For those who don’t know, The Secret describes twelve hidden treasures that the author deposited in 1981. Byron Preiss visited twelve parks around the country where, disguised as a utility maintenance worker, he buried what he called casques - small ceramic containers protected by plexiglass cubes. The goal of the reader was to solve the clues and find the casque, inside which is a ceramic key which can be exchanged for gemstone worth about a thousand dollars. They say that he expected these twelve keys to be found fairly quickly - maybe a year or so, and that would pave the way to writing a second book. That didn’t happen, and it wasn’t until 1983 that the first one was found by teenagers in Chicago. After that, no one found anything for decades all the while, grounds-keepers, and the ravages of time have changed the landscape erasing clues. It seems to be a common theme in the search. It gets very exciting for a bit, and then years go by.

A second casque was eventually found in Cleveland in 2004, and then, you guessed it, nothing for many years after that.

Since then, Josh Gates of “Expedition Unknown” has been sucked into this obsession, and he has done(so far) three episodes about The Secret. In the most recent, he went along with a search in Boston, and they actually found it!! I watched it three times!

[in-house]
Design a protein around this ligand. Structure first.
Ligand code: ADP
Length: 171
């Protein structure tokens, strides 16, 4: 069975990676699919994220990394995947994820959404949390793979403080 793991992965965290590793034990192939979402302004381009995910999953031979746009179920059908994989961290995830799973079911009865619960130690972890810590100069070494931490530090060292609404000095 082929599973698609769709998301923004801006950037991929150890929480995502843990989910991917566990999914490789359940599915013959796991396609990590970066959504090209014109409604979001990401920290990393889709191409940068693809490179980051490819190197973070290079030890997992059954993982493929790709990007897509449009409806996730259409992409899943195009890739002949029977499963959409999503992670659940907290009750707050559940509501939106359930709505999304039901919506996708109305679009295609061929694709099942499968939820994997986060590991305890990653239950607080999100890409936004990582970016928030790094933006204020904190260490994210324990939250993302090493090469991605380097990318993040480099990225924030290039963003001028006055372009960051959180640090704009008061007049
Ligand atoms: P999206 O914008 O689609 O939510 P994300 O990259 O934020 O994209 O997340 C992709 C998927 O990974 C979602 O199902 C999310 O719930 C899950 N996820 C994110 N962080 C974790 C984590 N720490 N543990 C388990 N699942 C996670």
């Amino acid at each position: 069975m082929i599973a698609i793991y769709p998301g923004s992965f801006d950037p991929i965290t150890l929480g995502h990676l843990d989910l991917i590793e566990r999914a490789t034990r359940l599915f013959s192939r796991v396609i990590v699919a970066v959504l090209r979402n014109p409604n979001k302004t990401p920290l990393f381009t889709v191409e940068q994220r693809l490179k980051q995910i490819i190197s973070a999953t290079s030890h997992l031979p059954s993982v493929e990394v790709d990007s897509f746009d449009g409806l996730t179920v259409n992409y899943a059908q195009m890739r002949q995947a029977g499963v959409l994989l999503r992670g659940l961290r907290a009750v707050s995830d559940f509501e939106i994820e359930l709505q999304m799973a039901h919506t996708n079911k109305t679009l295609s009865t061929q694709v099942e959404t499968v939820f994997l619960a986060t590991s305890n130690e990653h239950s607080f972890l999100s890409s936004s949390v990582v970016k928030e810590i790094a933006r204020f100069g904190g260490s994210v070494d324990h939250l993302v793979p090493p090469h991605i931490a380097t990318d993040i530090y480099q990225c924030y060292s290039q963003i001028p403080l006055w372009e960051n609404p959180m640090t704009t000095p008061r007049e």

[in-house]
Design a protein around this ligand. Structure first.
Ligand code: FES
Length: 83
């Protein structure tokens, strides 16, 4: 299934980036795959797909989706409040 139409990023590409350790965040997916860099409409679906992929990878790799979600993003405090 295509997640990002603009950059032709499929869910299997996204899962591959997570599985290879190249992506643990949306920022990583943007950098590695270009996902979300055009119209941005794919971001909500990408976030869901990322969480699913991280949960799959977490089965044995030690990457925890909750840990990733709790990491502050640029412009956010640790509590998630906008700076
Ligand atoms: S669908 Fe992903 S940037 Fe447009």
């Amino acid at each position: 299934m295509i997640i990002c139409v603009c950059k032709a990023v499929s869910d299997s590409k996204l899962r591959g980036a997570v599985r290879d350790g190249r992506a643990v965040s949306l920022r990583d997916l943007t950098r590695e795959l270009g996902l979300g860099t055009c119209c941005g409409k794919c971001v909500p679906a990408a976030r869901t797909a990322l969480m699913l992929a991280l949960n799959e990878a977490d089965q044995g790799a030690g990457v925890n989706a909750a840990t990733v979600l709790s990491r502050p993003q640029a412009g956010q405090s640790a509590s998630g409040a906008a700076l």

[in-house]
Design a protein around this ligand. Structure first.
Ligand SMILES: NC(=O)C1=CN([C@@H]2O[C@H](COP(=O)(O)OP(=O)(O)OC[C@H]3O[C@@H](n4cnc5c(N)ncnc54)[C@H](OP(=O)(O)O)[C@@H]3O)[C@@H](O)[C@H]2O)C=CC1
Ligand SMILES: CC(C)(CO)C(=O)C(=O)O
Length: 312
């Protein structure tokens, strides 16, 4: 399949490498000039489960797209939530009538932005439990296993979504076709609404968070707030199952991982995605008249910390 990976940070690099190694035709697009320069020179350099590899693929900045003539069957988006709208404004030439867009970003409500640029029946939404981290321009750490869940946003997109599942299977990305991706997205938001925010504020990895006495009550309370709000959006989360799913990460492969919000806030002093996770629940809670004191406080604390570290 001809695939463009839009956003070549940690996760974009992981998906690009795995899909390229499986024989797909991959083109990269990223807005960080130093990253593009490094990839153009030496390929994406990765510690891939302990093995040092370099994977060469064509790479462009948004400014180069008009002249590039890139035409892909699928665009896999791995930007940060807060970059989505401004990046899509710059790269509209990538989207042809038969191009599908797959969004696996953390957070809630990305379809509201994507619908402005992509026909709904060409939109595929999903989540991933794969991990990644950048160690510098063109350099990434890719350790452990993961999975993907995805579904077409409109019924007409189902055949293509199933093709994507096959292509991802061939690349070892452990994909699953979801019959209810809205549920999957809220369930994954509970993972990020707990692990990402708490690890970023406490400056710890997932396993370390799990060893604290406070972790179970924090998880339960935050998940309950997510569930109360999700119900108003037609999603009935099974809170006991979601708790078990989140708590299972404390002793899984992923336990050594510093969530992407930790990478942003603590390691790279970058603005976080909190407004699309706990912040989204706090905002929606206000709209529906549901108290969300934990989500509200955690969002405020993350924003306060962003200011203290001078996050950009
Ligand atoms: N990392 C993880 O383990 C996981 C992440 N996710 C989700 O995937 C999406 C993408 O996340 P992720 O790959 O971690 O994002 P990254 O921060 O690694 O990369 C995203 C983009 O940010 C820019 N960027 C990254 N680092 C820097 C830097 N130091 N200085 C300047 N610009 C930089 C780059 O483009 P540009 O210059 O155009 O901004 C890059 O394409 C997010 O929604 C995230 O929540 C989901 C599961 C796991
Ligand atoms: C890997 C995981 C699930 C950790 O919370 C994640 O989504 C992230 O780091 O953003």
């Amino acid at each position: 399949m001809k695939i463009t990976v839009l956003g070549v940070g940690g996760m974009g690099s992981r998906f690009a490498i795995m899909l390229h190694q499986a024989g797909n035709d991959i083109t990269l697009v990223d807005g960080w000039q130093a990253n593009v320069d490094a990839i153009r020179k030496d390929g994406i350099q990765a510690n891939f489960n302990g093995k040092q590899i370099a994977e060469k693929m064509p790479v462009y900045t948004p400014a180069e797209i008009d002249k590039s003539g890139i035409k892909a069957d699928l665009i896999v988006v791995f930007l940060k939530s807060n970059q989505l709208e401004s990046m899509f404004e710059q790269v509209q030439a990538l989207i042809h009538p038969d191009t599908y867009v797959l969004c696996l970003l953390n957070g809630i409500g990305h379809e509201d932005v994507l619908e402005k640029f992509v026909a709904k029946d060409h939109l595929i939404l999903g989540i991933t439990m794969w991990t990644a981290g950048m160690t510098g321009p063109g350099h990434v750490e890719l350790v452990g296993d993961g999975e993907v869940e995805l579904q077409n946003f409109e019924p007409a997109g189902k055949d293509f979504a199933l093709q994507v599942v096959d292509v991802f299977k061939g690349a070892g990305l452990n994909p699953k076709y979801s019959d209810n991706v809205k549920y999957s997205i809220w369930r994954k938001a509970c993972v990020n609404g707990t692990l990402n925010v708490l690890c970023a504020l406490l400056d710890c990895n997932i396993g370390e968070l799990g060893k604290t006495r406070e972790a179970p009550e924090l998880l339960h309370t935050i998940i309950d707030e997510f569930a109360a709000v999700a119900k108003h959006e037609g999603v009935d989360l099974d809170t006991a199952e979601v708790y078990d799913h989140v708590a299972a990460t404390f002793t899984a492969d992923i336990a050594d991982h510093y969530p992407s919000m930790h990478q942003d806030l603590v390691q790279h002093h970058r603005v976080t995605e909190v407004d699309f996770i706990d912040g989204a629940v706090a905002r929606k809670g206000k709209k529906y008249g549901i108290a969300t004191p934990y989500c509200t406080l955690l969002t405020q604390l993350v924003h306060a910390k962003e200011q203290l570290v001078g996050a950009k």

This brings us to my own obsession: image #6 and verse #9. Everyone agrees that image #6 is in Florida. Everyone also agrees that verse #9 goes with Image #6. By the way, that’s how we are supposed to find the keys. Each of the twelve treasures has an image that hints at a city, and each has a verse that tells you where to dig.

Everyone agrees on those two things, and most sane people believe the city is St. Augustine, and the park(these are all in parks) is The Fountain of Youth Archaeological Park. Although the Florida treasure has not been found yet, this location is so close to being an established fact that it approaches religious dogma, and with good reason. The connections with the verses are amazing. Even some of the things in the image point to the F.O.Y. park

You may have guessed by now that I’m about to propose heresy. So, here goes. What if, what if - it’s not in St. Augustine?

Marjory Stoneman Douglas

The most prominent element in image #6 is a stone man. In 1947 the Everglades National Park was established, and that same year “The Everglades: River of Grass” was published by Marjory Stoneman Douglas. In the lining of the hardback cover of her book, there is a map of South Florida, and the coastline matches the profile in image #6.